5 easy ways to lower your cholesterol
High cholesterol is a major health concern; read on to find out why and how you can lower your cholesterol levels.
Cholesterol is a fatty substance which travels around your body via the bloodstream. Our bodies need small amounts of cholesterol to form cell membranes. Plus, it is essential in the production of adrenal hormones, testosterone, and oestrogen. Along with other important roles, cholesterol is also essential in the body’s production of vitamin D.
However, a high level of cholesterol can be potentially fatal. It is extremely important to keep your cholesterol levels in check.
The two main types of cholesterol most relevant to heart health are:
- High-density lipoproteins or HDL cholesterol. This type is referred to as the ‘good’ cholesterol.
- Non-high-density lipoproteins or non-HDL cholesterol. This is the ‘bad’ cholesterol type. Previously, it was believed that only low-density lipoprotein or LDL cholesterol caused harm, but studies (including this 2018 one) have proven that other non-HDL cholesterol is also damaging.
HDL cholesterol aids in transporting all unused cholesterol from the bloodstream to the liver. The liver then breaks down and expels the excess cholesterol from the body. When the levels of non-HDL cholesterol rise, you begin developing the risks associated with serious heart disease. Non-HDL cholesterol, including LDL cholesterol, is best kept as low as possible.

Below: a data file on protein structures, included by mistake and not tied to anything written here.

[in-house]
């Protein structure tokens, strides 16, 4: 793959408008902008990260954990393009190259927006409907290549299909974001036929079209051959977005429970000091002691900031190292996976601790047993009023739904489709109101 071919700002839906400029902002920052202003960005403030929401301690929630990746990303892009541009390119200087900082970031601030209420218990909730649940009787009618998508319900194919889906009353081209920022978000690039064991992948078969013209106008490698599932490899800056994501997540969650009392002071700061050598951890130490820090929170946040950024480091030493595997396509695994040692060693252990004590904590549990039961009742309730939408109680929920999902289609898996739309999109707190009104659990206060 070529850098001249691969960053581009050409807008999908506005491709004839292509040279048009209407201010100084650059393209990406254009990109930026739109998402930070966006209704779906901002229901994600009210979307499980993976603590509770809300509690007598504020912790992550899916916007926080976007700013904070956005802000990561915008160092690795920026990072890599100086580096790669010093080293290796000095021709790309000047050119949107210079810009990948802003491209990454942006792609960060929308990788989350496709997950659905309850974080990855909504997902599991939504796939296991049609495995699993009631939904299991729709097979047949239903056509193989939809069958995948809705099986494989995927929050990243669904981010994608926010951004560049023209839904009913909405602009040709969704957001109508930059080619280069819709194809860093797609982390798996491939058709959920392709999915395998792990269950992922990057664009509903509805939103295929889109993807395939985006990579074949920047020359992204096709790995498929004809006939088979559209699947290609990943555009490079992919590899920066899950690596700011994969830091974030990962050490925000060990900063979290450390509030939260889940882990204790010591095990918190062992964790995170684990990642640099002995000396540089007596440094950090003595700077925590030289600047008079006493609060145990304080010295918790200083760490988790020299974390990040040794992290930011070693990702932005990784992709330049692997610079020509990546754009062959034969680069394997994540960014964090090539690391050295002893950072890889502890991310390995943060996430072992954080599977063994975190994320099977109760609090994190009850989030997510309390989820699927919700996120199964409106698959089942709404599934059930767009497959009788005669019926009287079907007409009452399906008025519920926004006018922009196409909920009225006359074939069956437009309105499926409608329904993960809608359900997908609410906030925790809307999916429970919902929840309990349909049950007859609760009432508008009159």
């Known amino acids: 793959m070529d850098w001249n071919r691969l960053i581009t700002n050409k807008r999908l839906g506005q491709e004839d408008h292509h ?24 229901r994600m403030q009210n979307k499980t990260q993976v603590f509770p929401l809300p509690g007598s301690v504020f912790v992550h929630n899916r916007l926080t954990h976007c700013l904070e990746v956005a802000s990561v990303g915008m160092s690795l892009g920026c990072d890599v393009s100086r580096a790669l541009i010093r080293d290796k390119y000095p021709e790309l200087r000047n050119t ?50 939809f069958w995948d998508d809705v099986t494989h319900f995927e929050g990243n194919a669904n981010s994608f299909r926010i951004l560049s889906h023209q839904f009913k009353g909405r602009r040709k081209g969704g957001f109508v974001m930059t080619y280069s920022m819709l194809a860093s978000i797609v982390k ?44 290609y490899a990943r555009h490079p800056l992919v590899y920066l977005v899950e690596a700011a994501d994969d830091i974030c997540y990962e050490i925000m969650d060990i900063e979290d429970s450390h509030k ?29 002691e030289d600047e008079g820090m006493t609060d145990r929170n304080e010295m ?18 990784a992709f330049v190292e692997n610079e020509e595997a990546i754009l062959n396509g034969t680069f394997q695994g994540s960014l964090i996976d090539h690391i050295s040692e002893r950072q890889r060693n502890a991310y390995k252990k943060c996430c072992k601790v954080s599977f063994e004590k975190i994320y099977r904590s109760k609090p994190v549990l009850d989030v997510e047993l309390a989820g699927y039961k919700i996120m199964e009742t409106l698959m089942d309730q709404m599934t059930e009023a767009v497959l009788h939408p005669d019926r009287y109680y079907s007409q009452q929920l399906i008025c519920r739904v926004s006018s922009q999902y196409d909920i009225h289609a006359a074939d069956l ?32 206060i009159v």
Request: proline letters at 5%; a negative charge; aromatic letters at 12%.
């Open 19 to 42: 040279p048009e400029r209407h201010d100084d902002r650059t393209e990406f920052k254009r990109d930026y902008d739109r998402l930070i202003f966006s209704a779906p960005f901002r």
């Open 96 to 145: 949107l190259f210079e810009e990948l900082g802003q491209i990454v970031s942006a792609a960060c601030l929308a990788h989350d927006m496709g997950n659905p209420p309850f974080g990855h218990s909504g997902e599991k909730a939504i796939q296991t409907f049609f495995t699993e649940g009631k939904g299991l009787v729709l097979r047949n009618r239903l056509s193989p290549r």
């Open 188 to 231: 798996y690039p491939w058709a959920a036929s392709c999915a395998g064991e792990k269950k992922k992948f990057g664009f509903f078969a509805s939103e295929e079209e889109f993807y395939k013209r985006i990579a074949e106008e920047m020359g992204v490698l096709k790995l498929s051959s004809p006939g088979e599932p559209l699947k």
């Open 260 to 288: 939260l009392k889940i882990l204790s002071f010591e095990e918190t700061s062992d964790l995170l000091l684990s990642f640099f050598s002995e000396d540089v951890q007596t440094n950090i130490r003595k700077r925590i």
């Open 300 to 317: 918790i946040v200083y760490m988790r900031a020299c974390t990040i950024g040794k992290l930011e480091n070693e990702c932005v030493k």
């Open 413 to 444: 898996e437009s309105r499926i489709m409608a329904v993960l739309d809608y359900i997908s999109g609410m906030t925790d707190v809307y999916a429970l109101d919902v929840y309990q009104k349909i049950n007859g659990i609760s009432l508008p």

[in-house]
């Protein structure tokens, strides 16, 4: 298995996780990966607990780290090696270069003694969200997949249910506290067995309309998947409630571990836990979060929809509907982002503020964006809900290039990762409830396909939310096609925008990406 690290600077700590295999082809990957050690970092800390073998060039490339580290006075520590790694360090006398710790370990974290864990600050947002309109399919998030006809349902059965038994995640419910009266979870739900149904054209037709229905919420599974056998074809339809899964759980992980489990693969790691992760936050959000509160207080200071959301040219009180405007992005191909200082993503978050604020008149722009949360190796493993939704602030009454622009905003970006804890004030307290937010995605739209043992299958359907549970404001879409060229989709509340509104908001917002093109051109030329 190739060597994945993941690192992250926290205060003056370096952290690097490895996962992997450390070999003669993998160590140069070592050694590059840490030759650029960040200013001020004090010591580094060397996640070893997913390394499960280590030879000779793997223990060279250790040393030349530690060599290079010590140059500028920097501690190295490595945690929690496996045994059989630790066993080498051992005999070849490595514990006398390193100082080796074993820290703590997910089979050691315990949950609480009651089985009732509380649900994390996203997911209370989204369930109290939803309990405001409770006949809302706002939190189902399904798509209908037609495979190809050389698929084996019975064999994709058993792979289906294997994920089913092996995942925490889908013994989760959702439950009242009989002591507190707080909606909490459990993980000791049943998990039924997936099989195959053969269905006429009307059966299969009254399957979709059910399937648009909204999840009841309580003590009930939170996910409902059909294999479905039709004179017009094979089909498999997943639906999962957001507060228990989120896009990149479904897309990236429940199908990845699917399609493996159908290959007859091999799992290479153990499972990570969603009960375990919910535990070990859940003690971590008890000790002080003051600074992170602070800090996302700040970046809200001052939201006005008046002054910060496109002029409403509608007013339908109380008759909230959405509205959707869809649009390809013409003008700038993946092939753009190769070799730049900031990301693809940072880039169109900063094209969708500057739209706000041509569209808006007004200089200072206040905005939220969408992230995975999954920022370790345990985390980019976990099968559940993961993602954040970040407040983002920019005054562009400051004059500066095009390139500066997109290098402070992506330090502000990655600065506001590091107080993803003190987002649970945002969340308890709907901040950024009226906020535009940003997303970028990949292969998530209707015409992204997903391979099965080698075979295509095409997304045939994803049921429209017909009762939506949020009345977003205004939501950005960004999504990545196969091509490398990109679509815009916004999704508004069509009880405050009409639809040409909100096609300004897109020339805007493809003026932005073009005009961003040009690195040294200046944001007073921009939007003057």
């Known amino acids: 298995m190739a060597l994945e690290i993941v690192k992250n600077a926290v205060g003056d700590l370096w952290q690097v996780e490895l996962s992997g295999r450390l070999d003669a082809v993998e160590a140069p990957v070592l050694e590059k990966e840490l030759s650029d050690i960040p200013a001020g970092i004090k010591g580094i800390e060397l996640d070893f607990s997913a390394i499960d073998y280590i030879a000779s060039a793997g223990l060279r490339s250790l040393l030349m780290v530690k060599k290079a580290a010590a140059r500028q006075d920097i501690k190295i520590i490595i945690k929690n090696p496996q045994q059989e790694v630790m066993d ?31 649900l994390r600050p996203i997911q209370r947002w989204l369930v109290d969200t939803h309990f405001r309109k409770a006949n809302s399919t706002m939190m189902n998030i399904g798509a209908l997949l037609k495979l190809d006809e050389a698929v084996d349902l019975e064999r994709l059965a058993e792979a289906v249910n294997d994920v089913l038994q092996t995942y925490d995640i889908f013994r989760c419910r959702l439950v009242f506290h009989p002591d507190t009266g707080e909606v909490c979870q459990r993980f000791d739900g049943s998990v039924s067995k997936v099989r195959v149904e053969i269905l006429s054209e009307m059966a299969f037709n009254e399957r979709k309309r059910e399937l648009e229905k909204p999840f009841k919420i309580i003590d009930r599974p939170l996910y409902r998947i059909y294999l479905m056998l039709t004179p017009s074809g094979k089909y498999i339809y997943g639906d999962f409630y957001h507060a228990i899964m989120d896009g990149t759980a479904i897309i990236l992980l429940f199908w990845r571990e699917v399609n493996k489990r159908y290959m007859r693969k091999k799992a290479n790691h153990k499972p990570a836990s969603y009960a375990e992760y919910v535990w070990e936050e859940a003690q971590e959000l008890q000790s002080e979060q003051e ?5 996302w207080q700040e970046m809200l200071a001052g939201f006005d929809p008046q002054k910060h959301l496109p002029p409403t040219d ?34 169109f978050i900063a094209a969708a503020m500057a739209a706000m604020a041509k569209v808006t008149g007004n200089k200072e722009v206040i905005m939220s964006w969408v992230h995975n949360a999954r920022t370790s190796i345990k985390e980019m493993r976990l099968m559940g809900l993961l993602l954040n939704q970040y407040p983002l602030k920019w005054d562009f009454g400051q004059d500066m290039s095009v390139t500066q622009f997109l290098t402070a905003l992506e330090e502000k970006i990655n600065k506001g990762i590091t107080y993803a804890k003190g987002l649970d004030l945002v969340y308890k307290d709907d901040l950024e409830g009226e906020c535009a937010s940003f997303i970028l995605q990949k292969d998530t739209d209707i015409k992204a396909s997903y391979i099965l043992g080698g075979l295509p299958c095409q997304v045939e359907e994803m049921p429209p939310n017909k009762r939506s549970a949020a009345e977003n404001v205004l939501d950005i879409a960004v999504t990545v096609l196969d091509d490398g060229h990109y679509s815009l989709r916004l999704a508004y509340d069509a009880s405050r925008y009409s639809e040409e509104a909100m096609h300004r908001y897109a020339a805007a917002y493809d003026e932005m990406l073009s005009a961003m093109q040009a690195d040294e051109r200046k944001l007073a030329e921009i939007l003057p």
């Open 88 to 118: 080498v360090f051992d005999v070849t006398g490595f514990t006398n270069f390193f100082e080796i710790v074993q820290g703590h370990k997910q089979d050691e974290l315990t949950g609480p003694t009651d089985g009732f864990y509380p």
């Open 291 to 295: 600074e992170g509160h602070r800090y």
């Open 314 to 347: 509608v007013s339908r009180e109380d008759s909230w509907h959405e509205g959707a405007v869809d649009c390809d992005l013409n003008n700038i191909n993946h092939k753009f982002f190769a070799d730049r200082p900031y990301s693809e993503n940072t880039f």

Get your cholesterol levels checked today
Risks of high cholesterol
While many people have high cholesterol levels due to an inherited condition called familial hypercholesterolaemia (FH), most people develop high cholesterol levels due to unhealthy lifestyles.
As non-HDL cholesterol travels through your blood vessels, it leaves behind fatty deposits. High cholesterol means the fatty deposits in your arteries accumulate and build up. Subsequently, blood flow becomes constricted, and you may develop high blood pressure. High cholesterol and blockages of arteries can very easily go unnoticed until a clot forms leading to a heart attack or fatal stroke.
High cholesterol increases your risks of (and eventually causes):
- Heart attacks
- Atherosclerosis (narrowing of arteries)
- Peripheral arterial disease
- Transient ischaemic attack
Symptoms of high cholesterol
High cholesterol does not have any symptoms or signs. The condition is an especially insidious one: you will not know if you have it until it may be too late. It can only be detected via a blood test for cholesterol.
Therefore, it is extremely important to get checked regularly.
How you can lower your cholesterol levels easily
If a person is diagnosed with familial hypercholesterolaemia (FH), they will need to undergo statin drug therapy. They may be prescribed other drugs as well, like PCSK9. This is because people with FH will develop high levels of cholesterol regardless of how healthy their diet or lifestyle may be.
Similar medications may be prescribed to people with extremely high cholesterol that is not caused by FH. However, there are certain lifestyle adjustments that you can make to lower your cholesterol levels. Even if you are on medication, keeping your cholesterol levels in check is a continuous effort.
The following changes in lifestyle will not only help but, in some cases, maybe absolutely vital when it comes to improving your cholesterol.
1. Make your diet heart-healthy
The first step to a healthier heart and lower cholesterol levels is to reduce or, if possible, altogether eliminate trans fats and saturated fats from your diet. Foods in this category include:
- Store-bought biscuits, crackers, and cakes
- Processed red meats like sausages and meat pies
- Red meat
- Full-fat dairy products like cream, butter, lard, and ghee
- Hard cheeses like cheddar
- Foods with coconut oil and palm oil